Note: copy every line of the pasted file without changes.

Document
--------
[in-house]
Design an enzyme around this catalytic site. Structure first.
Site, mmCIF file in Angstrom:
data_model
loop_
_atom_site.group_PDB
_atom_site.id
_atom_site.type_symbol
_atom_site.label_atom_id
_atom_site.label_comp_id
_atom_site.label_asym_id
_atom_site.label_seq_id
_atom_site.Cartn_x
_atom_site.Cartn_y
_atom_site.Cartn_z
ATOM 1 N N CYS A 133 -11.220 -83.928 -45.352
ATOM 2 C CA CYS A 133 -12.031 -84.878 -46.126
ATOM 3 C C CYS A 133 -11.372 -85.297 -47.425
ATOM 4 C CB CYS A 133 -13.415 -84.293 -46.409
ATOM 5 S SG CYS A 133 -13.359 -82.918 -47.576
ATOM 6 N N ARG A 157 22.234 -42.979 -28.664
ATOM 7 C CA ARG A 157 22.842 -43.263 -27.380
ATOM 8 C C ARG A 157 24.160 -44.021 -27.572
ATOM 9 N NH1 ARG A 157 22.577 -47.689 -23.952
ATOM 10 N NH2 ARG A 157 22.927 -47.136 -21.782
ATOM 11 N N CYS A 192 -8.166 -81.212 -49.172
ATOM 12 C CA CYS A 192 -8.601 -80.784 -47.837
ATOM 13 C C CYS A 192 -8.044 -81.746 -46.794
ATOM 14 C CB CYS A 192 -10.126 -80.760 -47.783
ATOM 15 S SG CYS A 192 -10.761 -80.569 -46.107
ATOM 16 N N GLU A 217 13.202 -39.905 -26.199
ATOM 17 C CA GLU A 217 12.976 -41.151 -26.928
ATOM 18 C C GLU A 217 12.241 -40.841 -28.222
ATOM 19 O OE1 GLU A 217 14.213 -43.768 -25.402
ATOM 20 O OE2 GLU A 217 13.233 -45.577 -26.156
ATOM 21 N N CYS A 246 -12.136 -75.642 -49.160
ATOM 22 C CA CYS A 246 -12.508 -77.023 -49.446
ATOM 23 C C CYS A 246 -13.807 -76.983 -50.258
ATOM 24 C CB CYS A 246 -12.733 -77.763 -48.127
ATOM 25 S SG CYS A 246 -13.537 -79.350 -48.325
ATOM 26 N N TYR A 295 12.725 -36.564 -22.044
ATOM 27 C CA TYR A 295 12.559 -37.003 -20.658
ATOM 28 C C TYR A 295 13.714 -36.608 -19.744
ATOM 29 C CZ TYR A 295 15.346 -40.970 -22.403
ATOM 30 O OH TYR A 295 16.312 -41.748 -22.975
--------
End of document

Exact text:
[in-house]
Design an enzyme around this catalytic site. Structure first.
Site, mmCIF file in Angstrom:
data_model
loop_
_atom_site.group_PDB
_atom_site.id
_atom_site.type_symbol
_atom_site.label_atom_id
_atom_site.label_comp_id
_atom_site.label_asym_id
_atom_site.label_seq_id
_atom_site.Cartn_x
_atom_site.Cartn_y
_atom_site.Cartn_z
ATOM 1 N N CYS A 133 -11.220 -83.928 -45.352
ATOM 2 C CA CYS A 133 -12.031 -84.878 -46.126
ATOM 3 C C CYS A 133 -11.372 -85.297 -47.425
ATOM 4 C CB CYS A 133 -13.415 -84.293 -46.409
ATOM 5 S SG CYS A 133 -13.359 -82.918 -47.576
ATOM 6 N N ARG A 157 22.234 -42.979 -28.664
ATOM 7 C CA ARG A 157 22.842 -43.263 -27.380
ATOM 8 C C ARG A 157 24.160 -44.021 -27.572
ATOM 9 N NH1 ARG A 157 22.577 -47.689 -23.952
ATOM 10 N NH2 ARG A 157 22.927 -47.136 -21.782
ATOM 11 N N CYS A 192 -8.166 -81.212 -49.172
ATOM 12 C CA CYS A 192 -8.601 -80.784 -47.837
ATOM 13 C C CYS A 192 -8.044 -81.746 -46.794
ATOM 14 C CB CYS A 192 -10.126 -80.760 -47.783
ATOM 15 S SG CYS A 192 -10.761 -80.569 -46.107
ATOM 16 N N GLU A 217 13.202 -39.905 -26.199
ATOM 17 C CA GLU A 217 12.976 -41.151 -26.928
ATOM 18 C C GLU A 217 12.241 -40.841 -28.222
ATOM 19 O OE1 GLU A 217 14.213 -43.768 -25.402
ATOM 20 O OE2 GLU A 217 13.233 -45.577 -26.156
ATOM 21 N N CYS A 246 -12.136 -75.642 -49.160
ATOM 22 C CA CYS A 246 -12.508 -77.023 -49.446
ATOM 23 C C CYS A 246 -13.807 -76.983 -50.258
ATOM 24 C CB CYS A 246 -12.733 -77.763 -48.127
ATOM 25 S SG CYS A 246 -13.537 -79.350 -48.325
ATOM 26 N N TYR A 295 12.725 -36.564 -22.044
ATOM 27 C CA TYR A 295 12.559 -37.003 -20.658
ATOM 28 C C TYR A 295 13.714 -36.608 -19.744
ATOM 29 C CZ TYR A 295 15.346 -40.970 -22.403
ATOM 30 O OH TYR A 295 16.312 -41.748 -22.975